Shifting defence policies, budget priorities and national mobilization strategies, combined with administrative difficulties, obstructed efforts for a more far-reaching overhaul. Nevertheless, the Reserve Force responsibilities in the day-to-day operations of the Canadian Forces was enhanced and its participation in overseas operations increased. Among the important administrative changes was that responsibility for administering recruitment shifted from Reserve units to Canadian Forces Recruiting Centres in the late 1980s. Such a change should not obscure the continued importance of Reserve units because, as in the case of recruitment, Reserve units remained important for attracting recruits and fostering support for the military in their local communities.

In 1971, a Royal Commission on the Status of Women made numerous recommendations to improve gender equality in the Canadian Forces. Nearly all of the Commission’s suggestions were adopted, including the permission of married women to enlist, the standardization of enlistment qualifications and pension benefits, and the permitting of service after pregnancy. Women were also provided with more opportunities to serve overseas, including service with NATO forces in Europe and with the United Nations Emergency Forces in the Middle East.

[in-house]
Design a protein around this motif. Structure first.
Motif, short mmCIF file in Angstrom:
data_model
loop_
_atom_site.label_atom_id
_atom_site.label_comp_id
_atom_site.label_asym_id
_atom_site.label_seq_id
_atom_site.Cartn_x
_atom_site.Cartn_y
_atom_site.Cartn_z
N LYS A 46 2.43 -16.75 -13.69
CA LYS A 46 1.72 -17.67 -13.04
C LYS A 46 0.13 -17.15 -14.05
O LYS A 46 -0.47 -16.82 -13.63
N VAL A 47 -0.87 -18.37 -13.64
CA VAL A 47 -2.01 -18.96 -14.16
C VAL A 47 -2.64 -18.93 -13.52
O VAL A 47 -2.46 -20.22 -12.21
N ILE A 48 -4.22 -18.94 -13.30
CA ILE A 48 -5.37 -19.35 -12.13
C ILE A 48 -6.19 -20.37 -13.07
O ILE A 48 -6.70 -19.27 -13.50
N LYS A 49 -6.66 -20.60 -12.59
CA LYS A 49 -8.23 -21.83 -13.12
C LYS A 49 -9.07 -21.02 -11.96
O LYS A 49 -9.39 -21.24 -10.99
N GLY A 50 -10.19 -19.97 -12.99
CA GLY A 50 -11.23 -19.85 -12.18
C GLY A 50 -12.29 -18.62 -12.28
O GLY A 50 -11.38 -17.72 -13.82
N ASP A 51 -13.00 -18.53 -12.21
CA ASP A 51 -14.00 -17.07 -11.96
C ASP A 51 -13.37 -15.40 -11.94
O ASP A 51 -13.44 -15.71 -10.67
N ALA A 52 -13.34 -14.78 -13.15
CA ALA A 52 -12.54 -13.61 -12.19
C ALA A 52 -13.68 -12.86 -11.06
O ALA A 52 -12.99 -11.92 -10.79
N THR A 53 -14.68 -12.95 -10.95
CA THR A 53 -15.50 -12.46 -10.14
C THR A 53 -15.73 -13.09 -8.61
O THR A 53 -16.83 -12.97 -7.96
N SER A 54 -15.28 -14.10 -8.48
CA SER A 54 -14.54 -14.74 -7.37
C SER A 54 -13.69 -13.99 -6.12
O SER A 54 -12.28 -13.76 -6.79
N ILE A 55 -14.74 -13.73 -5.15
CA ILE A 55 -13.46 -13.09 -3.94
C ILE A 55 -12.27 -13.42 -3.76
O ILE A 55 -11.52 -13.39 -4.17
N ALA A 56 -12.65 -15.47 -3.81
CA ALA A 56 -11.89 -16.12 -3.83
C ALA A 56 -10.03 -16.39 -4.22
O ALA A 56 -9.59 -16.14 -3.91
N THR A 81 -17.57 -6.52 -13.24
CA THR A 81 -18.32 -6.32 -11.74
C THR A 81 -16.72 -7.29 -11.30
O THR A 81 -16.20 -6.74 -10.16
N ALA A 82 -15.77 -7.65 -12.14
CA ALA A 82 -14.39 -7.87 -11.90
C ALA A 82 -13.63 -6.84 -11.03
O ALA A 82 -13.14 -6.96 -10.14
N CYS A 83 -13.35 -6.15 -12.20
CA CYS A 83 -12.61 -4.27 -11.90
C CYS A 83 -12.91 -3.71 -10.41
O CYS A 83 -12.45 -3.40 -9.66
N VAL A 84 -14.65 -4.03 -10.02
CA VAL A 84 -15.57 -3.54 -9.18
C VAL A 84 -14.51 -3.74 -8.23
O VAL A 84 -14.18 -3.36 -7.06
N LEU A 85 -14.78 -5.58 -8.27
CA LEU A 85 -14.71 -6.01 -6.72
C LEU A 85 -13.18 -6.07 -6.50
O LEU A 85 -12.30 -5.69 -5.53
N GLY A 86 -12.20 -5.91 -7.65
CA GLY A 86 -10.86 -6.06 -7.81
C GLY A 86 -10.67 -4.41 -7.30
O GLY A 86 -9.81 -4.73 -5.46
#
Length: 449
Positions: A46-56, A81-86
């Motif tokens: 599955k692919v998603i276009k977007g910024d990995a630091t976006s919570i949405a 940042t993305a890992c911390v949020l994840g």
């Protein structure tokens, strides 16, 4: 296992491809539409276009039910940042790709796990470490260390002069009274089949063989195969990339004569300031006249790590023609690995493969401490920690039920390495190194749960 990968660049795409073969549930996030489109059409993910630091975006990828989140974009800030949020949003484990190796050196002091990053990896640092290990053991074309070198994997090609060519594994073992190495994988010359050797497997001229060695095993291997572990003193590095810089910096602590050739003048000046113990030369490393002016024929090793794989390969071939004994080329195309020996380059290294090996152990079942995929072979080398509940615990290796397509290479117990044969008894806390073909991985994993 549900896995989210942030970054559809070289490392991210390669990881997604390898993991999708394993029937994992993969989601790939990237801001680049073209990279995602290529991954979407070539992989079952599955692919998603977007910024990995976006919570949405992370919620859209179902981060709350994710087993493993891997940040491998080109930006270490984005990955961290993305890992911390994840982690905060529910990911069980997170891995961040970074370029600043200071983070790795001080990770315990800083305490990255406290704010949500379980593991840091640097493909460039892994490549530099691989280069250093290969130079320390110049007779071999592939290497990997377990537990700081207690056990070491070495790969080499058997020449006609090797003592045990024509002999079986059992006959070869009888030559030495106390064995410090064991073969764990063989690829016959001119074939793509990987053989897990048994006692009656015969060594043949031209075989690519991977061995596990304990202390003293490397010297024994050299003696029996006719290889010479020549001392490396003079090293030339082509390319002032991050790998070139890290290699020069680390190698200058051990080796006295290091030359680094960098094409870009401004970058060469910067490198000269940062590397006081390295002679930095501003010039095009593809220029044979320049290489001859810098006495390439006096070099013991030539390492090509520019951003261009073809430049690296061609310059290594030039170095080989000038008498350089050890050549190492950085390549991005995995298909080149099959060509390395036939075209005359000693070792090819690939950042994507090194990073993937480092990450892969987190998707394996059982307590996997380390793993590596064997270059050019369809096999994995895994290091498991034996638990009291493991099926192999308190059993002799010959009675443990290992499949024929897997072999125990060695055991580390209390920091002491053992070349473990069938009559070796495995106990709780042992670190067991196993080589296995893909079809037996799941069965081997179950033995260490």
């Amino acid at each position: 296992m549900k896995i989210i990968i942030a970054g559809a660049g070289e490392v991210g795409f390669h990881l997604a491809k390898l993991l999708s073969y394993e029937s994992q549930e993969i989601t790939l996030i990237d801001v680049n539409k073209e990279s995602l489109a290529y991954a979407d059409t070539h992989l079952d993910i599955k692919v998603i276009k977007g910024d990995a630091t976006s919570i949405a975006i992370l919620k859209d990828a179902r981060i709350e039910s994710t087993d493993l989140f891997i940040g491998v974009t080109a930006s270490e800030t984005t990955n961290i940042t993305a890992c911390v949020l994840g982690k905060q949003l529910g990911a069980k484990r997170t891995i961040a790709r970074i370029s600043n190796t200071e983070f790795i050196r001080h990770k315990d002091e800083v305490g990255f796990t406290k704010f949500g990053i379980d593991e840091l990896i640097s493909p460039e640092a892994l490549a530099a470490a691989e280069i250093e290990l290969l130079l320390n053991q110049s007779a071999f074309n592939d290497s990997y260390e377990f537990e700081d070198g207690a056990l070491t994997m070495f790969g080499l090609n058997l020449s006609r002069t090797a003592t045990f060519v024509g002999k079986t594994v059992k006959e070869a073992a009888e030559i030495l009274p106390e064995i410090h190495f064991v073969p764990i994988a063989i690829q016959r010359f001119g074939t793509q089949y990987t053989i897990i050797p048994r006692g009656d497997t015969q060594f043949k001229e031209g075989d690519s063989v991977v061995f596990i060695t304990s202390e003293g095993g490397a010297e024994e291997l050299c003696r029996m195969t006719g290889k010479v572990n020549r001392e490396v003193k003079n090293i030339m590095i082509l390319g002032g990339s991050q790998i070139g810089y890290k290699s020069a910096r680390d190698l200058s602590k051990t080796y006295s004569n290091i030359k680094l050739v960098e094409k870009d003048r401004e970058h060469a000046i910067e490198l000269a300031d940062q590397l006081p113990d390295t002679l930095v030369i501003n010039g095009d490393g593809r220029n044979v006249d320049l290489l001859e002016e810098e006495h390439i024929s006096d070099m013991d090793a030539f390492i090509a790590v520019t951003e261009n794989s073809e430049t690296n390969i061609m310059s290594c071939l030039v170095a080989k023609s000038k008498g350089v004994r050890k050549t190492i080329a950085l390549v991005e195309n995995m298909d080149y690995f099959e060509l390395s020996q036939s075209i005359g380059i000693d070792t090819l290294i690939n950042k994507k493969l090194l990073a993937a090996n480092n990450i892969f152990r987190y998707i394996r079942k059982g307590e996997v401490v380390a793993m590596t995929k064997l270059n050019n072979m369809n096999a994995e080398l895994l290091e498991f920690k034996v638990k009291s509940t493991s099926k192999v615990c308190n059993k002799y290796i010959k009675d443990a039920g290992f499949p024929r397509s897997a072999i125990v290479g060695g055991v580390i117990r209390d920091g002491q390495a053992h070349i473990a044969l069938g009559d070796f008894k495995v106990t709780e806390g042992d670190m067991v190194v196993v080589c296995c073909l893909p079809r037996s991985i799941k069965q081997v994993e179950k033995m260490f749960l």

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Lt. Susan Savard from Ottawa suits up before a helicopter jump exercise with the United Nations Interim Force in Lebanon, 1978. e999901757-u (Photo: Department of National Defence/Library and Archives Canada)

These reforms were a major challenge to the military’s patriarchal structure. But one area that the Department of National Defence (DND) hesitated to endorse was permitting women to enroll in non-civilian courses in military colleges and to serve in combat trades and occupations. Based on the Canadian Human Rights Act of 1977, the Canadian Forces were forced to re-evaluate their employment policies. The outcome was that a limited number of women were accepted into near-combat roles as part of a trial. Among the roles available in the trial were positions operating support aircraft, vehicles and ships, performing maintenance work close to frontlines, and deployment to remote areas, such as Canadian Forces Station Alert in the Arctic.

Gender barriers continued to be removed in the 1980s. In 1985, a parliamentary sub-committee recommended removing all gender restrictions in the Canadian Forces so that the military would align with the Equality Rights section of the Charter of Rights and Freedoms. The Air Force was the only service branch to implement the recommendations immediately, while land and sea forces awaited results from their trials of women in combat roles. Before the trials could finish, the Canadian Human Rights Commission investigated complaints of gender discrimination and, on February 20, 1989, it demanded the removal of gender barriers with the exceptions of service on submarines and in the Roman Catholic chaplaincy. The DND accepted the changes and implemented the reforms by 1991.